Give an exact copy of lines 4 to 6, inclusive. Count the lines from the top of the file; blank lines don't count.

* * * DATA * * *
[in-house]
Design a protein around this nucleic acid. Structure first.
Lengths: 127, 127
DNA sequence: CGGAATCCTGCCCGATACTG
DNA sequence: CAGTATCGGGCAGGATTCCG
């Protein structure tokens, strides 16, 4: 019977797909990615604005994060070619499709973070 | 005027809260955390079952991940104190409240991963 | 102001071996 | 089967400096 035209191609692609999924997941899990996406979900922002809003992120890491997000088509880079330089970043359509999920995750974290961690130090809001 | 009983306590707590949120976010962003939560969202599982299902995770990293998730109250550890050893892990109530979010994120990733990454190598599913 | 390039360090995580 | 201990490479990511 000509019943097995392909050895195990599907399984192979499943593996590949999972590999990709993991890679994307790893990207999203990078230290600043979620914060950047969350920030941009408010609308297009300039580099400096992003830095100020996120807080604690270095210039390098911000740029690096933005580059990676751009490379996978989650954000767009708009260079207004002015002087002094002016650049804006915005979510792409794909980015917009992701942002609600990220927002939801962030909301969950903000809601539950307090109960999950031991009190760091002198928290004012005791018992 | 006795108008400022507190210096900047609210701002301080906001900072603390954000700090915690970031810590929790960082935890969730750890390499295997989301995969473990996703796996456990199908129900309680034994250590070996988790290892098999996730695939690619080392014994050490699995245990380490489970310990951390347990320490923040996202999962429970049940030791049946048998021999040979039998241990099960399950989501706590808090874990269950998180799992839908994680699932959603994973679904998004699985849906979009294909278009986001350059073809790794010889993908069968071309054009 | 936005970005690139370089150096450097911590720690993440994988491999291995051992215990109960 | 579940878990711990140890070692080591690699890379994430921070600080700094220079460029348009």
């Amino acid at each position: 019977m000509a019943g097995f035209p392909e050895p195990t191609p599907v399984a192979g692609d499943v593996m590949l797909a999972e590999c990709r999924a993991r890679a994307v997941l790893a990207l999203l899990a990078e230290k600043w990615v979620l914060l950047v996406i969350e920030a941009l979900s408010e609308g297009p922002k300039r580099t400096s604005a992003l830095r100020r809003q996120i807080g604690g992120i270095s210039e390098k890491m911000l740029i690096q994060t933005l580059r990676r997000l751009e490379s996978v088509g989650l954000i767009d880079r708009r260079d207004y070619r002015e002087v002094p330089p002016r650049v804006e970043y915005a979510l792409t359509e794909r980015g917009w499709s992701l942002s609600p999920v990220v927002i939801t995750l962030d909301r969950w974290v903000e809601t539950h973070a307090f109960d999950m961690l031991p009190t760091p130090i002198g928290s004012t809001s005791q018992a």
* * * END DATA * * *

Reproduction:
DNA sequence: CGGAATCCTGCCCGATACTG
DNA sequence: CAGTATCGGGCAGGATTCCG
């Protein structure tokens, strides 16, 4: 019977797909990615604005994060070619499709973070 | 005027809260955390079952991940104190409240991963 | 102001071996 | 089967400096 035209191609692609999924997941899990996406979900922002809003992120890491997000088509880079330089970043359509999920995750974290961690130090809001 | 009983306590707590949120976010962003939560969202599982299902995770990293998730109250550890050893892990109530979010994120990733990454190598599913 | 390039360090995580 | 201990490479990511 000509019943097995392909050895195990599907399984192979499943593996590949999972590999990709993991890679994307790893990207999203990078230290600043979620914060950047969350920030941009408010609308297009300039580099400096992003830095100020996120807080604690270095210039390098911000740029690096933005580059990676751009490379996978989650954000767009708009260079207004002015002087002094002016650049804006915005979510792409794909980015917009992701942002609600990220927002939801962030909301969950903000809601539950307090109960999950031991009190760091002198928290004012005791018992 | 006795108008400022507190210096900047609210701002301080906001900072603390954000700090915690970031810590929790960082935890969730750890390499295997989301995969473990996703796996456990199908129900309680034994250590070996988790290892098999996730695939690619080392014994050490699995245990380490489970310990951390347990320490923040996202999962429970049940030791049946048998021999040979039998241990099960399950989501706590808090874990269950998180799992839908994680699932959603994973679904998004699985849906979009294909278009986001350059073809790794010889993908069968071309054009 | 936005970005690139370089150096450097911590720690993440994988491999291995051992215990109960 | 579940878990711990140890070692080591690699890379994430921070600080700094220079460029348009």